### Problem Statement

You are downloading some files from the Internet, and you want to know how long it will take until they are completely downloaded.

For each download, you are given its current speed (in KB/s) and remaining time based on that speed (in seconds). The sum of all the speeds is your total bandwidth, which remains constant and is utilized fully at all times during the downloads. This means that when files finish downloading, the newly available bandwidth is distributed among the remaining files. The way it's distributed does not affect the final answer.

For example, consider the following scenario where you are downloading two files.

1) Speed = 3 KB/s Remaining Time 57 seconds

2) Speed = 2 KB/s Remaining Time 22 seconds

After 22 seconds, the second file will finish downloading. The first file still has 35 seconds remaining, but that time is based on the original speed. The bandwidth freed up by the second file is now allocated to the first file, and its new speed is 3+2=5 KB/s. The new remaining time is: Old_Remaining_Time * Old_Speed / New_Speed = 35*3/5 = 21 seconds.

So the actual remaining time for all the files is 21+22=43 seconds.

You will be given a String[] tasks, each element of which represents a single file being downloaded. Each file is represented as two positive integers with no leading zeroes, separated by a single space. The first integer is the current download speed in KB/s and the second integer is the remaining time in seconds based on the current speed. Return a double representing the remaining time in seconds for all the downloads to finish.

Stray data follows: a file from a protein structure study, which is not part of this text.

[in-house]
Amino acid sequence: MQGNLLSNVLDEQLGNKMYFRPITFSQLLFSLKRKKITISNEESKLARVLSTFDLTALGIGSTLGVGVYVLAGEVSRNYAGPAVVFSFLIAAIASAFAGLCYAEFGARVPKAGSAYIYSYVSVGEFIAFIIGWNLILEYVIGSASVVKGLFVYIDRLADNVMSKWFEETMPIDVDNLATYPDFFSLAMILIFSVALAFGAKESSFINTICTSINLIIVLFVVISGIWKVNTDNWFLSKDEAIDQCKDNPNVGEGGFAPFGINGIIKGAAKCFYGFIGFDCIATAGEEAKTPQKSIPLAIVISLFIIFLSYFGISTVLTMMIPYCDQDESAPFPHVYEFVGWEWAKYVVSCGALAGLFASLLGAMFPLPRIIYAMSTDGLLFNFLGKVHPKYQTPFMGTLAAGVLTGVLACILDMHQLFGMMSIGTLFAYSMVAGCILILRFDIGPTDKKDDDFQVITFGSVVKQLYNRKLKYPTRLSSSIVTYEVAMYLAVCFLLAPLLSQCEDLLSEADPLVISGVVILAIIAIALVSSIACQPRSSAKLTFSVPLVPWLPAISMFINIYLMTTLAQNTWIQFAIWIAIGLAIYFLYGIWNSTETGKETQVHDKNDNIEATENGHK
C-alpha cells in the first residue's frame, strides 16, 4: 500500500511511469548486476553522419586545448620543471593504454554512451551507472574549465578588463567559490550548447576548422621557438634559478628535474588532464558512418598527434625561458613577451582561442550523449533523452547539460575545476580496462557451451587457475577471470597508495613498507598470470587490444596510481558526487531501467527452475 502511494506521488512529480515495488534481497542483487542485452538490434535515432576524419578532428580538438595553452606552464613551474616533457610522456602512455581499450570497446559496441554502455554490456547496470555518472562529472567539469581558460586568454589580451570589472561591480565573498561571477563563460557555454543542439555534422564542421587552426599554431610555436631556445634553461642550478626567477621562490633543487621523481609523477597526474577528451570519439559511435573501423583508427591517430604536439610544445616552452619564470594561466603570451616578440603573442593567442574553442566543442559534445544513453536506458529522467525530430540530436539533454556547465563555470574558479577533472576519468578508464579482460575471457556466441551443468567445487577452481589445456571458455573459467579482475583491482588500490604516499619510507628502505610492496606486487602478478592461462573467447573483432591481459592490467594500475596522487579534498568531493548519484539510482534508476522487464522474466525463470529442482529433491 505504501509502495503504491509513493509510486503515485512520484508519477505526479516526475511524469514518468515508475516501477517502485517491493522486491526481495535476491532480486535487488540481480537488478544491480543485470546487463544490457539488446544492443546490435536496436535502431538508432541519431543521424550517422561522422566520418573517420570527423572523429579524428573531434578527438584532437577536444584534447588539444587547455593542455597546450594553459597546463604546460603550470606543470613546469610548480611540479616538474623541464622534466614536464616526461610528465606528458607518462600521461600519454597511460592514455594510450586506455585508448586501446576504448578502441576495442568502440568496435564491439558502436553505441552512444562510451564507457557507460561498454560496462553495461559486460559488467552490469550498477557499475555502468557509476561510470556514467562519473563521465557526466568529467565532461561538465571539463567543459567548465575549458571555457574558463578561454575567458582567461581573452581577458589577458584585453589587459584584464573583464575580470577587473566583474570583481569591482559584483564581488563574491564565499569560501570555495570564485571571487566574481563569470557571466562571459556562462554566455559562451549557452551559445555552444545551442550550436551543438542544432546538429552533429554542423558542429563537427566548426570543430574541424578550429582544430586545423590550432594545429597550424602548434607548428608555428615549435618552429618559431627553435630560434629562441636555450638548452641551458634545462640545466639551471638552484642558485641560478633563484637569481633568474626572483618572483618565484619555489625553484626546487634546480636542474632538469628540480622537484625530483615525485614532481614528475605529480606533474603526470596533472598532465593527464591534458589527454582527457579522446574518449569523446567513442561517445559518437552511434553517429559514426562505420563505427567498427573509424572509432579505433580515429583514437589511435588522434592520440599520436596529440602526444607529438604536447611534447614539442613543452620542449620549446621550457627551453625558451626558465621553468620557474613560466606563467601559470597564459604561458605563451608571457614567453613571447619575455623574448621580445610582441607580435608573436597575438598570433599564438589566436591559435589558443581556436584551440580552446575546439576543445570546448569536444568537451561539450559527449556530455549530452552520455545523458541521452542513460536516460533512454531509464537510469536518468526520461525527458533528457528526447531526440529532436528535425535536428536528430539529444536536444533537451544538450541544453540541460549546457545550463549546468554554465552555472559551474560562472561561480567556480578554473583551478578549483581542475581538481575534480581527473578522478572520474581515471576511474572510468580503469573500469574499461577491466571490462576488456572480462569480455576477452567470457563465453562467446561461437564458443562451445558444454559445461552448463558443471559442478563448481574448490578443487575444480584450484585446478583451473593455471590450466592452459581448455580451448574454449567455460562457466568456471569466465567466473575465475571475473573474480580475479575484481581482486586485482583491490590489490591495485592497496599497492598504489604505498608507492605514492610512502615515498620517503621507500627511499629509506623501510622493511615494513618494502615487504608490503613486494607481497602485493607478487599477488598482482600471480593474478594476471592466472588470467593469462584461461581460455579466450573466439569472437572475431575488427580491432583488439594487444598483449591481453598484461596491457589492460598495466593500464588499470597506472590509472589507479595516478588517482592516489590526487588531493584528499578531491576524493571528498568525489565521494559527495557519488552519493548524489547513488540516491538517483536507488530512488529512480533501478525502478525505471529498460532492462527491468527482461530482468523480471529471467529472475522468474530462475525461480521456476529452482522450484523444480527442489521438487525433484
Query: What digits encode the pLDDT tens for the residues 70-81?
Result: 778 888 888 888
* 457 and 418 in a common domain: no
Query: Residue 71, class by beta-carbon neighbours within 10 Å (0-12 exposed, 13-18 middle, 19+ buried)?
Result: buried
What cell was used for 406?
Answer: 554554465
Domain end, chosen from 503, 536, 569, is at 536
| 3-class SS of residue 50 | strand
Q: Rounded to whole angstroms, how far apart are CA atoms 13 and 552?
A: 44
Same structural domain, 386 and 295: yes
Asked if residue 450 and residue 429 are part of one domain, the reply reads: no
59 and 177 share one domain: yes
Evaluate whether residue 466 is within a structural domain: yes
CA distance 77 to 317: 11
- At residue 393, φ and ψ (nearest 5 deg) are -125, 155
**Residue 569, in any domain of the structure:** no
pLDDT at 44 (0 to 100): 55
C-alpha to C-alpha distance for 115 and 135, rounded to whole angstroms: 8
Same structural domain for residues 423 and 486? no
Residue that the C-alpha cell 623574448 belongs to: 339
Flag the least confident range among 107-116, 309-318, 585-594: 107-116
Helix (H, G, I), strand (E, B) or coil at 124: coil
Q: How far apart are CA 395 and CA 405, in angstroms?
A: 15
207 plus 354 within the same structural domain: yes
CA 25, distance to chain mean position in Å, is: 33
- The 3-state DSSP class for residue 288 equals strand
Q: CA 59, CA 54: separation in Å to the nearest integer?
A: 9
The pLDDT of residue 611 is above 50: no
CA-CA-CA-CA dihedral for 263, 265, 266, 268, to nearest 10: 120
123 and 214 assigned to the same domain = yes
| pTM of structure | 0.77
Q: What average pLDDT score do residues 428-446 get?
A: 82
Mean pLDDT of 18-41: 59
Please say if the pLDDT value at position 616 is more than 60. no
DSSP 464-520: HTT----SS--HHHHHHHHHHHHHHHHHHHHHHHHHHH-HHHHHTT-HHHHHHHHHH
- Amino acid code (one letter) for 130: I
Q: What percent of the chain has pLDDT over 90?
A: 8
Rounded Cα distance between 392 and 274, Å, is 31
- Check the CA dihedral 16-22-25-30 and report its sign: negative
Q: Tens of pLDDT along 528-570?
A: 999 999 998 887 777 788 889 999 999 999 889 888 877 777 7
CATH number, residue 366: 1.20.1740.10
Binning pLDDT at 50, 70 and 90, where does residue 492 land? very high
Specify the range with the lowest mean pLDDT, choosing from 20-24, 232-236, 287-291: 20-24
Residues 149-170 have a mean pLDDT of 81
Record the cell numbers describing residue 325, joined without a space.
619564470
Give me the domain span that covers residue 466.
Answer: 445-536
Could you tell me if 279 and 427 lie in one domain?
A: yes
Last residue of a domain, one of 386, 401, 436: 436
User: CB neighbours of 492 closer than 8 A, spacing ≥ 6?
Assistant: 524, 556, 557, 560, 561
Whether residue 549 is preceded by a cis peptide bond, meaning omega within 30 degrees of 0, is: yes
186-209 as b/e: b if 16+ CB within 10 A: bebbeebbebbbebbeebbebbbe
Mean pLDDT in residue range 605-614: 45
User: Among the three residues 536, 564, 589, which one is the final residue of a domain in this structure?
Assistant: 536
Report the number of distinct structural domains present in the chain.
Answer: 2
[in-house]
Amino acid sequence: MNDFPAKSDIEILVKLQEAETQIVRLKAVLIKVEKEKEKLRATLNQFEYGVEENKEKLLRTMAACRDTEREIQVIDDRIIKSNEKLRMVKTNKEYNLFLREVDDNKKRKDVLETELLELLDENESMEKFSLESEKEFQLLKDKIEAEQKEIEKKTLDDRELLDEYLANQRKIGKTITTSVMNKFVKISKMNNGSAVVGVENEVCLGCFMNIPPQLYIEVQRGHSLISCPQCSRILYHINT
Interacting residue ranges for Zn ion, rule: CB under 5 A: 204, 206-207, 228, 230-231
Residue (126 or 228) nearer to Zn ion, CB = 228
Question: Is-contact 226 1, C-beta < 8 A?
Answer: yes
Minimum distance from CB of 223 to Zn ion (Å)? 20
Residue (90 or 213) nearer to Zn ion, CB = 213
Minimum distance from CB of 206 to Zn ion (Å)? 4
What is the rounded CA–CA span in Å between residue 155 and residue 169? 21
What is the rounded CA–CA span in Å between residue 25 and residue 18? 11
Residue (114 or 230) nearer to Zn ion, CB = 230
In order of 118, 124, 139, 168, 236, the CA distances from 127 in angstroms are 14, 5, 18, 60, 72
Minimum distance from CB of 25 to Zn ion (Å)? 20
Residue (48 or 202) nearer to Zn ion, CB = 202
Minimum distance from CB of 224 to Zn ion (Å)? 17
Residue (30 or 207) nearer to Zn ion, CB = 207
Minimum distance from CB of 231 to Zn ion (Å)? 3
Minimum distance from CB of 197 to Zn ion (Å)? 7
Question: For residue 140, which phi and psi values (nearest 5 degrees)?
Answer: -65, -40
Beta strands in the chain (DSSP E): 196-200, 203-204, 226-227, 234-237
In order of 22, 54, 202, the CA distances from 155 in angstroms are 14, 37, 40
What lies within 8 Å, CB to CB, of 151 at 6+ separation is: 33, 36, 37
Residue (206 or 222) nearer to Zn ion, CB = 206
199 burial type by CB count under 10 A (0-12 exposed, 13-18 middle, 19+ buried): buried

### Definition

 Class: DownloadingFiles Method: actualTime Parameters: String[] Returns: double Method signature: double actualTime(String[] tasks) (be sure your method is public)

### Constraints

-tasks will contain between 1 and 50 elements, inclusive.

-Each element of tasks will be formatted "<speed> <time>" (quotes for clarity), where <speed> is an integer between 1 and 100, inclusive, with no leading zeroes, and <time> is an integer between 1 and 10000, inclusive, with no leading zeroes.

### Examples

0)

 `{"3 57","2 22"}`
`Returns: 43.0`
 The example from above.
1)

 `{"3 1057","2 1022"}`
`Returns: 1043.0`
 This is the same as the first example but all the files will take 1000 seconds more to completely download.
2)

 `{"25 1000","5 5000","10 5000"}`
`Returns: 2500.0`
 In this case, when the first file finishes downloading, we will have 25 KB/s of newly available bandwidth. We can share it between the remaining downloads however we want without affecting the final answer. Suppose that 15 KB/s goes to the second file and 10 KB/s goes to the third file. The new speeds and remaining times for those files will be: 20 KB/s and remaining time 2000 seconds 20 KB/s and remaining time 1000 secondsThose would take 1500 seconds to complete. So the answer is 1000 + 1500 = 2500.
3)

 `{"1 10","1 20","2 40"}`
`Returns: 27.5`
 For this example, suppose that all newly available bandwidth goes to the slowest task every time. When the first download finishes (after 10 seconds), the second task doubles its speed to 2, and thus halves its remaining time from (20-10=10) to 5. When the second download finishes, the third one doubles its speed, so its remaining time goes from (40-15=25) to 12.5. The total time is 10+5+12.5=27.5.
4)

 `{"6 88","39 7057","63 2502","45 2285","28 8749","62 3636","1 5546","49 5741"}`
`Returns: 4414.542662116041`
 And here is a nice random example for you.

#### Problem url:

http://www.topcoder.com/stat?c=problem_statement&pm=8400

#### Problem stats url:

http://www.topcoder.com/tc?module=ProblemDetail&rd=10800&pm=8400

asal1

#### Testers:

PabloGilberto , Olexiy , gawry , ivan_metelsky

#### Problem categories:

Simulation, String Manipulation, String Parsing